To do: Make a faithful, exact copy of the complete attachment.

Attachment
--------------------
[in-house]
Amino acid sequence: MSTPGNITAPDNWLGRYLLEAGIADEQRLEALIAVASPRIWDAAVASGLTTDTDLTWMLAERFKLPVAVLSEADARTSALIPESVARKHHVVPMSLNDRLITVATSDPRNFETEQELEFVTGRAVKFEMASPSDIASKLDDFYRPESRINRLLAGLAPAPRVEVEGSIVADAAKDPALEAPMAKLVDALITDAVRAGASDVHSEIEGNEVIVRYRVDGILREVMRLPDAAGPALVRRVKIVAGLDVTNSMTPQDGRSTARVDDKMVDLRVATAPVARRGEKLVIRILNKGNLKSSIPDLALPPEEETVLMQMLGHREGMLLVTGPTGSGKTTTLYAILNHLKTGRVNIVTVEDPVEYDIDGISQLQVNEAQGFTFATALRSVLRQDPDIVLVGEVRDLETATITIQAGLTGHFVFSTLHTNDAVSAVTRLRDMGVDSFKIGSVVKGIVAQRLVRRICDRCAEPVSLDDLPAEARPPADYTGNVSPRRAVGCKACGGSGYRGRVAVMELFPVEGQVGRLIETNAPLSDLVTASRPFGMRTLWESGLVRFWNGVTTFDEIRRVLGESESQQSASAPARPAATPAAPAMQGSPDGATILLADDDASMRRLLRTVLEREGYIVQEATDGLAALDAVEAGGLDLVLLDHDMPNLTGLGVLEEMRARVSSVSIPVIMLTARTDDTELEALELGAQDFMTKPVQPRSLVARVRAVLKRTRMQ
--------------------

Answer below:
[in-house]
Amino acid sequence: MSTPGNITAPDNWLGRYLLEAGIADEQRLEALIAVASPRIWDAAVASGLTTDTDLTWMLAERFKLPVAVLSEADARTSALIPESVARKHHVVPMSLNDRLITVATSDPRNFETEQELEFVTGRAVKFEMASPSDIASKLDDFYRPESRINRLLAGLAPAPRVEVEGSIVADAAKDPALEAPMAKLVDALITDAVRAGASDVHSEIEGNEVIVRYRVDGILREVMRLPDAAGPALVRRVKIVAGLDVTNSMTPQDGRSTARVDDKMVDLRVATAPVARRGEKLVIRILNKGNLKSSIPDLALPPEEETVLMQMLGHREGMLLVTGPTGSGKTTTLYAILNHLKTGRVNIVTVEDPVEYDIDGISQLQVNEAQGFTFATALRSVLRQDPDIVLVGEVRDLETATITIQAGLTGHFVFSTLHTNDAVSAVTRLRDMGVDSFKIGSVVKGIVAQRLVRRICDRCAEPVSLDDLPAEARPPADYTGNVSPRRAVGCKACGGSGYRGRVAVMELFPVEGQVGRLIETNAPLSDLVTASRPFGMRTLWESGLVRFWNGVTTFDEIRRVLGESESQQSASAPARPAATPAAPAMQGSPDGATILLADDDASMRRLLRTVLEREGYIVQEATDGLAALDAVEAGGLDLVLLDHDMPNLTGLGVLEEMRARVSSVSIPVIMLTARTDDTELEALELGAQDFMTKPVQPRSLVARVRAVLKRTRMQ